By Reland Tuomi, News Writer

In the late afternoon sunlight, a stage was set up near Red Square, students pitched tents in the grass and cancer survivors donned purple T-shirts.

Relay for Life began last Friday evening with hundreds of people coming together to raise awareness about cancer and funds for cancer research.

A contest had been held for Relay participants to see which of them could raise the most money, and the winners were announced at closing ceremonies on Saturday.

Junior Rachel Samardich and her boyfriend Josh Aten participated in this year's Relay for Life to honor family members who had survived cancer.
Junior Rachel Samardich and her boyfriend Josh Aten participated in this year’s Relay for Life to honor family members who had survived cancer.

Before then, participants set up a volleyball net, threw a Frisbee around and raised their tents.

“The tent is here if I need it,” sophomore Anne-Marie Falloria, a Hinderongerlie team member, said. “Or if anyone else wants to take a nap on the field.”

Eager participants lined up at the starting line — an arch made out of purple and white balloons. Before all participants could begin, the cancer survivors attending the event took a lap together.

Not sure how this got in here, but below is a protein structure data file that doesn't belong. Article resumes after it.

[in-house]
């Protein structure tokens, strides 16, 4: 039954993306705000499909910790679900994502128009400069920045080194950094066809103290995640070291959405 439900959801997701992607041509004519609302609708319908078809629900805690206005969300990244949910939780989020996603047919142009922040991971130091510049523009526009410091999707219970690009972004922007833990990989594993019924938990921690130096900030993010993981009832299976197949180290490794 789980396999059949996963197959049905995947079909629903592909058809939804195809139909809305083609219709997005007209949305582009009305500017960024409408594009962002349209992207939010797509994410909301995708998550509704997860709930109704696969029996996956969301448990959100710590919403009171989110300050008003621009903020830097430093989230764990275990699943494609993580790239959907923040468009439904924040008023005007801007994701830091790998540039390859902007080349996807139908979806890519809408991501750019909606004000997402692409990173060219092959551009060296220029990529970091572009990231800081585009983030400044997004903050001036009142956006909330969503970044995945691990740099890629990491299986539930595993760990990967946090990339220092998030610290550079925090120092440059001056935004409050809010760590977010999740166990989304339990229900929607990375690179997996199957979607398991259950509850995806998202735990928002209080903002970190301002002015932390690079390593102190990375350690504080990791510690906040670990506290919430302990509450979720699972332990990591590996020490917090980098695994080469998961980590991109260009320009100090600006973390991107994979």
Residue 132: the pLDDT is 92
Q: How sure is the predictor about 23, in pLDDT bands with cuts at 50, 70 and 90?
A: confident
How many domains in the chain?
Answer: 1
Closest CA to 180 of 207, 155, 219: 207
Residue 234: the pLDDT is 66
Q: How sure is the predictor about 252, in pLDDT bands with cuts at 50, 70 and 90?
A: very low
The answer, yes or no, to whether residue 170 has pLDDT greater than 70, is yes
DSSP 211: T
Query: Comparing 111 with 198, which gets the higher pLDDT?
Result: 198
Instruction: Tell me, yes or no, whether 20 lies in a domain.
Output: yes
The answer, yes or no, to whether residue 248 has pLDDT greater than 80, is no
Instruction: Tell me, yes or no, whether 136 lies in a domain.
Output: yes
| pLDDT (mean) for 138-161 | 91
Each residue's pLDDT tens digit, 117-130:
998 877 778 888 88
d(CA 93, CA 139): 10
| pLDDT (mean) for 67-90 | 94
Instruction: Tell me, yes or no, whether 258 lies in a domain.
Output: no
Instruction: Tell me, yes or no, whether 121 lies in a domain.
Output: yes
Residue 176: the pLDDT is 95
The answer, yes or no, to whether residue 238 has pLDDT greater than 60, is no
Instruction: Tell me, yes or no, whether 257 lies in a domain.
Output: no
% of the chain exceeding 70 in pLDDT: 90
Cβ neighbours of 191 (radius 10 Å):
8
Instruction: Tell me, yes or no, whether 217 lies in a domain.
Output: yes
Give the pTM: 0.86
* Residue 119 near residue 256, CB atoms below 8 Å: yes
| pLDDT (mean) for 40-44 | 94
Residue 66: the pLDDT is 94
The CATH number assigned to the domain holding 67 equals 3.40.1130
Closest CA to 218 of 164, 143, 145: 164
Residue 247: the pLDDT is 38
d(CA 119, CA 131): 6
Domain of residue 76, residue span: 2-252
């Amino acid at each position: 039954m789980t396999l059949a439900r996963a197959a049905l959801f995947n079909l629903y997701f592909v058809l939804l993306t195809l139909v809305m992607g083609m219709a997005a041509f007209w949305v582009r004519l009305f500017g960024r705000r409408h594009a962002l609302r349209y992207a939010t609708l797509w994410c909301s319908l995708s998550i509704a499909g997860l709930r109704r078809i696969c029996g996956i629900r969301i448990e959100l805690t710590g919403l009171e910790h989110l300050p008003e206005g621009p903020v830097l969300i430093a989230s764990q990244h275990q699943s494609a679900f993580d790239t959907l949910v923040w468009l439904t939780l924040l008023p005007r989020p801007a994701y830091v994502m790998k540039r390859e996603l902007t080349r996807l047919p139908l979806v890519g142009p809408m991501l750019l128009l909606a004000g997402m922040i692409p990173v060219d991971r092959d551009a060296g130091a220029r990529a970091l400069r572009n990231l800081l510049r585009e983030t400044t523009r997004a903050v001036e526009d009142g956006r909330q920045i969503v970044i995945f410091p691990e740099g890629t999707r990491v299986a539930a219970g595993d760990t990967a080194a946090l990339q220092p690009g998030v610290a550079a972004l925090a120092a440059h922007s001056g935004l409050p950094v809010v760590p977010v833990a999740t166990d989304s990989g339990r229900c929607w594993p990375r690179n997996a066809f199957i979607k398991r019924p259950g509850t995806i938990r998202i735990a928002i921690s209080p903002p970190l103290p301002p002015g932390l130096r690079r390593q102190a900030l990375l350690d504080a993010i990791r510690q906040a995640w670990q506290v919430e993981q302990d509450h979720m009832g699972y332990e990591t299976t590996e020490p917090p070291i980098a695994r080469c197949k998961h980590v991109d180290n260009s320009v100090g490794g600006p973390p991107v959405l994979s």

This handful of individuals walked around the square of grass bordered by Xavier Hall, the Hauge Admininstration Building, Hong Hall and Eastvold.

Once they had completed the lap, the survivors led the rest of the participants in another lap while Rusted Root’s “Send Me On My Way” played in the background.

At 10:00 p.m., the loud and hopping music took a brief recess for the Luminaria Ceremony, a Relay for Life tradition. Paper lanterns decorated by attendees lined the track with small tea lights inside them.

Johanna Muller, committee chairman, introduced cancer survivor Ryan Tevis. Tevis told his story about his diagnosis, radiation treatment and eventual cure of his cancer.

After Tevis’ story, Relay participants walked a silent lap in memoriam of those lost and those still fighting.

After a live, acoustic version of One Direction’s “What Makes You Beautiful,” the DJ came back with full force, as did the participants’ energy levels.

“[The Luminaria Ceremony] was really moving,” sophomore Ann Miller said. “Everyone has a new energy now, which is awesome.”

Community members and students walk the circuit to raise money for the American Cancer Society during Relay for Life.
Community members and students walk the circuit to raise money for the American Cancer Society during Relay for Life.

After many laps and performances throughout the night, including performances by HERmonic and PLUtonic, the closing ceremonies began at 11 a.m. after a brief concert by Point Pacific.

Closing ceremonies included expressing gratitude to everyone for coming, especially the survivors, and concluded with handing out rewards.

Junior Rachel Samardich, sophomore Mackenzie Deane and sophomore Jake Dacus won first, second and third place respectively for individual fundraising. 23 teams and 199 participants raised almost $20,000 from Pacific Lutheran University.

“It wouldn’t be [possible] if the students didn’t participate as well,” Deane, a committee member, said. “Maybe next year you can do it, too.”

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